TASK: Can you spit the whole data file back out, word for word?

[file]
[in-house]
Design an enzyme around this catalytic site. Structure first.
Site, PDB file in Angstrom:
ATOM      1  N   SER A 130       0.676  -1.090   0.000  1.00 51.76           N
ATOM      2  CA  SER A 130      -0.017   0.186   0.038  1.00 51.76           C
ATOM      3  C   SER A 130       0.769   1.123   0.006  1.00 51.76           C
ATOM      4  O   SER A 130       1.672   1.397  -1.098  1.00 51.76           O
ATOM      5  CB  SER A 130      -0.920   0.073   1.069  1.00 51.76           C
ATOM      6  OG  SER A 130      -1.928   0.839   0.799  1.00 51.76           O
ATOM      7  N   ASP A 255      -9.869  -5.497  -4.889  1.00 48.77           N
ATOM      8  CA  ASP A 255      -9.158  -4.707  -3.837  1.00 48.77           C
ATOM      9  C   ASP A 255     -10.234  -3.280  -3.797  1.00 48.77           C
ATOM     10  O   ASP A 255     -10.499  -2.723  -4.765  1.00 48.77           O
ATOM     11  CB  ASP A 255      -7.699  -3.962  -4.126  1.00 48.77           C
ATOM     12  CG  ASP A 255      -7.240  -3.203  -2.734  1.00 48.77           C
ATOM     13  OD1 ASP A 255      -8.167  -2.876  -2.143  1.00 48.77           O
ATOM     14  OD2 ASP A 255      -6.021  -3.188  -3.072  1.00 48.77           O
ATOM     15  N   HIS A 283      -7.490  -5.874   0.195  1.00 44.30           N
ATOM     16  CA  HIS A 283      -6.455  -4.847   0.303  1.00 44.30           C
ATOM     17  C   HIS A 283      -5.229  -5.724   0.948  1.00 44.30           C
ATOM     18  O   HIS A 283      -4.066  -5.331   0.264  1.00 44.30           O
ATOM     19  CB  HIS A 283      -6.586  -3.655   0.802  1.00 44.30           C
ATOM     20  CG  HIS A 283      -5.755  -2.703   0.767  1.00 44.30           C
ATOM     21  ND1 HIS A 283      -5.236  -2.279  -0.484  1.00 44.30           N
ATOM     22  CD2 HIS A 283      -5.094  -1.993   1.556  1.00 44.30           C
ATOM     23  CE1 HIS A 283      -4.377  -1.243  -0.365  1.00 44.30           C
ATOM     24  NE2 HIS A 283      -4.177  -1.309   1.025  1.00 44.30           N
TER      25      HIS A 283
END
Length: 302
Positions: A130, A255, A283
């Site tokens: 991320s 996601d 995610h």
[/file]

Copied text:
[in-house]
Design an enzyme around this catalytic site. Structure first.
Site, PDB file in Angstrom:
ATOM      1  N   SER A 130       0.676  -1.090   0.000  1.00 51.76           N
ATOM      2  CA  SER A 130      -0.017   0.186   0.038  1.00 51.76           C
ATOM      3  C   SER A 130       0.769   1.123   0.006  1.00 51.76           C
ATOM      4  O   SER A 130       1.672   1.397  -1.098  1.00 51.76           O
ATOM      5  CB  SER A 130      -0.920   0.073   1.069  1.00 51.76           C
ATOM      6  OG  SER A 130      -1.928   0.839   0.799  1.00 51.76           O
ATOM      7  N   ASP A 255      -9.869  -5.497  -4.889  1.00 48.77           N
ATOM      8  CA  ASP A 255      -9.158  -4.707  -3.837  1.00 48.77           C
ATOM      9  C   ASP A 255     -10.234  -3.280  -3.797  1.00 48.77           C
ATOM     10  O   ASP A 255     -10.499  -2.723  -4.765  1.00 48.77           O
ATOM     11  CB  ASP A 255      -7.699  -3.962  -4.126  1.00 48.77           C
ATOM     12  CG  ASP A 255      -7.240  -3.203  -2.734  1.00 48.77           C
ATOM     13  OD1 ASP A 255      -8.167  -2.876  -2.143  1.00 48.77           O
ATOM     14  OD2 ASP A 255      -6.021  -3.188  -3.072  1.00 48.77           O
ATOM     15  N   HIS A 283      -7.490  -5.874   0.195  1.00 44.30           N
ATOM     16  CA  HIS A 283      -6.455  -4.847   0.303  1.00 44.30           C
ATOM     17  C   HIS A 283      -5.229  -5.724   0.948  1.00 44.30           C
ATOM     18  O   HIS A 283      -4.066  -5.331   0.264  1.00 44.30           O
ATOM     19  CB  HIS A 283      -6.586  -3.655   0.802  1.00 44.30           C
ATOM     20  CG  HIS A 283      -5.755  -2.703   0.767  1.00 44.30           C
ATOM     21  ND1 HIS A 283      -5.236  -2.279  -0.484  1.00 44.30           N
ATOM     22  CD2 HIS A 283      -5.094  -1.993   1.556  1.00 44.30           C
ATOM     23  CE1 HIS A 283      -4.377  -1.243  -0.365  1.00 44.30           C
ATOM     24  NE2 HIS A 283      -4.177  -1.309   1.025  1.00 44.30           N
TER      25      HIS A 283
END
Length: 302
Positions: A130, A255, A283
């Site tokens: 991320s 996601d 995610h």